Getting drunk usually refers to drinking alcohol. Most of the alcohol we drink is in the form of ethanol, as a part of beer, wine or spirits.
Ethanol is water soluble, which means it gets absorbed through the small intestine and into the blood stream. In the blood stream it reaches the brain, which is where it causes the effects that make a person feel drunk.
The actual process of it affecting the brain are quite complicated and not fully understood, but the effects on the body are experienced by lots of people every night! General effects are euphoria, poor balance, loss of coordination, reduced inhibition, and erratic behaviour. But increased consumption can cause vomiting and in severe cases result in a coma or death!
Gradually the ethanol is removed from the body by excretion, or by being metabolised in the same way as food. It is the excretion of a small amount of alcohol that allows breathalyser testing to work, and the amount of alcohol in the blood that sets the drink-drive limit in the UK.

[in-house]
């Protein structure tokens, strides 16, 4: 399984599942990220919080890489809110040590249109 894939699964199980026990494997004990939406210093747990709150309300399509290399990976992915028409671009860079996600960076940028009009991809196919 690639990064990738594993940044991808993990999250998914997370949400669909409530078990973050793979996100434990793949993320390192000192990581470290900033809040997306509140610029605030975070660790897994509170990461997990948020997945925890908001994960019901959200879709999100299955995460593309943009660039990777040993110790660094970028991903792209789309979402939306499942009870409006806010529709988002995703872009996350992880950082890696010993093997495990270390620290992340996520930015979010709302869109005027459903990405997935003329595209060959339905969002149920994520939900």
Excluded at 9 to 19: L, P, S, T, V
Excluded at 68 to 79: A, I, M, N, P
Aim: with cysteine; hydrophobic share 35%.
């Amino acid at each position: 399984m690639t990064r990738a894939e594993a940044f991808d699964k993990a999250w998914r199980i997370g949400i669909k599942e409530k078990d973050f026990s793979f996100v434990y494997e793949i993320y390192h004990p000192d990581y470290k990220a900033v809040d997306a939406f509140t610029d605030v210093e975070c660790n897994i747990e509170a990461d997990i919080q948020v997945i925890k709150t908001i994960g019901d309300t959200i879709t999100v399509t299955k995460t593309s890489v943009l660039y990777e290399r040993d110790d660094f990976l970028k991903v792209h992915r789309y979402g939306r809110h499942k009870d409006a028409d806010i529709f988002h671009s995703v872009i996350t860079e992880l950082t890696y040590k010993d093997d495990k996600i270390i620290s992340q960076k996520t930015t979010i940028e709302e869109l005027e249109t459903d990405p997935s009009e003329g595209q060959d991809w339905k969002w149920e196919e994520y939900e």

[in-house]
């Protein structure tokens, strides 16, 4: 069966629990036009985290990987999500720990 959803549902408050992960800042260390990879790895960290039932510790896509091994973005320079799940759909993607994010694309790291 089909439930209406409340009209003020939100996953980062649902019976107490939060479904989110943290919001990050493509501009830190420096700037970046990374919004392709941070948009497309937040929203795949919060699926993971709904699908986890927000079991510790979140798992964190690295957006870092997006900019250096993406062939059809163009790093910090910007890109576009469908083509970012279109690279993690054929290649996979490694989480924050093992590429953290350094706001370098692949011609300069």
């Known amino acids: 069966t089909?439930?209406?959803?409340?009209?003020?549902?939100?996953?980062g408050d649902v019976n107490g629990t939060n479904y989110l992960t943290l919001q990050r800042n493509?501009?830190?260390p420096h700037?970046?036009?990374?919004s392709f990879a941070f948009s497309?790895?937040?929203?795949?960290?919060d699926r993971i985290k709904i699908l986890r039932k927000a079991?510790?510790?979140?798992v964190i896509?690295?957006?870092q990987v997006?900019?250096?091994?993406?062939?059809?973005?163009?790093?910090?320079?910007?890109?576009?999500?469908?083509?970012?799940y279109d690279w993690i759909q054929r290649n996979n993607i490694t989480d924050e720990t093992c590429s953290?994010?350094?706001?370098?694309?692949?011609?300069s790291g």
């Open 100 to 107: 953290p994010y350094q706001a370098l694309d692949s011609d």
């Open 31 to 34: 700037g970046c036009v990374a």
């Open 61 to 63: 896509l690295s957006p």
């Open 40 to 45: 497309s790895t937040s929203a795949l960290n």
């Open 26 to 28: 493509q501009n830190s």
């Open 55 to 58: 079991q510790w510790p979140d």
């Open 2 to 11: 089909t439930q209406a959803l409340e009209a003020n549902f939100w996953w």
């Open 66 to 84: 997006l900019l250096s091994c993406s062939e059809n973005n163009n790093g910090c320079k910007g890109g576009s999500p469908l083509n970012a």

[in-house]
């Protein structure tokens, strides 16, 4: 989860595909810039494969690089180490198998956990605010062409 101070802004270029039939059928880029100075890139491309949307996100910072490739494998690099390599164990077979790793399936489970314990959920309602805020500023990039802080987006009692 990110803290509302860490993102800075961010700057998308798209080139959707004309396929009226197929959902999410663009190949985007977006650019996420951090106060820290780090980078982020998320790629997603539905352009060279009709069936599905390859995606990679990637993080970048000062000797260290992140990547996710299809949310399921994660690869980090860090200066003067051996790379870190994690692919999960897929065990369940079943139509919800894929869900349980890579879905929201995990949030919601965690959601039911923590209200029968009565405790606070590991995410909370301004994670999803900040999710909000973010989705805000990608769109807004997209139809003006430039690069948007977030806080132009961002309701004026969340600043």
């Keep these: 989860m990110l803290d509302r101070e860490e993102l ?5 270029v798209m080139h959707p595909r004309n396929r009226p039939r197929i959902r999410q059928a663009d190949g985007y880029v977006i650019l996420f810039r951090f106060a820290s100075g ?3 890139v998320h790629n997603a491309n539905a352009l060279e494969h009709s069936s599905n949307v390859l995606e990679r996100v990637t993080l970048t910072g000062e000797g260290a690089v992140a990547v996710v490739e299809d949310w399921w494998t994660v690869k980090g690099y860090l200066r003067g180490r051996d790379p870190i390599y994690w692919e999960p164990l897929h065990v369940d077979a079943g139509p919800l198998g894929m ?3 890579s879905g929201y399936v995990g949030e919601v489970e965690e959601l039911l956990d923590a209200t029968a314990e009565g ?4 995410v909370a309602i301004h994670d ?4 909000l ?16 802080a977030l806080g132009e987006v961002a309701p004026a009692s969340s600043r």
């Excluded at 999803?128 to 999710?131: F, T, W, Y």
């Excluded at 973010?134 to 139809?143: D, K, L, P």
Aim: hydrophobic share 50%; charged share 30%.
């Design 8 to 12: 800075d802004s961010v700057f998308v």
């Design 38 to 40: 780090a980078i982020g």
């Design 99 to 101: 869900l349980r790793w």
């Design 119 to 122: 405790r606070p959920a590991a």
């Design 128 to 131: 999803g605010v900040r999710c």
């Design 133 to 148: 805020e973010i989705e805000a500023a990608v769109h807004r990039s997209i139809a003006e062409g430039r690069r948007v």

Alcohol from the drinks (or sometimes food!) gets into your bloodstream through your stomach and intestine, which means it’s very quickly transported around your body and reached your brain fast! Most of the alcohol is absorbed into your blood stream in your intestine, and happens faster if you’ve not eaten recently.
Alcohol (or specifically, as John says, ethanol) stays in tour body the liver has broken it down. It can only leave your body through breathing, sweating and your urine. That’s why you can often smell if someone has been drinking.
So why does it change people’s behaviour?
The frontal lobe in your brain is the first part that is affected by the ethanol in your blood stream, and this bit of your brain is responsible for judgement and rational reasoning.
So if that bit of the brain is being affected, it explains why people often do things they wouldn’t usually d or start to lose their judgement of distance and become unstable on their feet.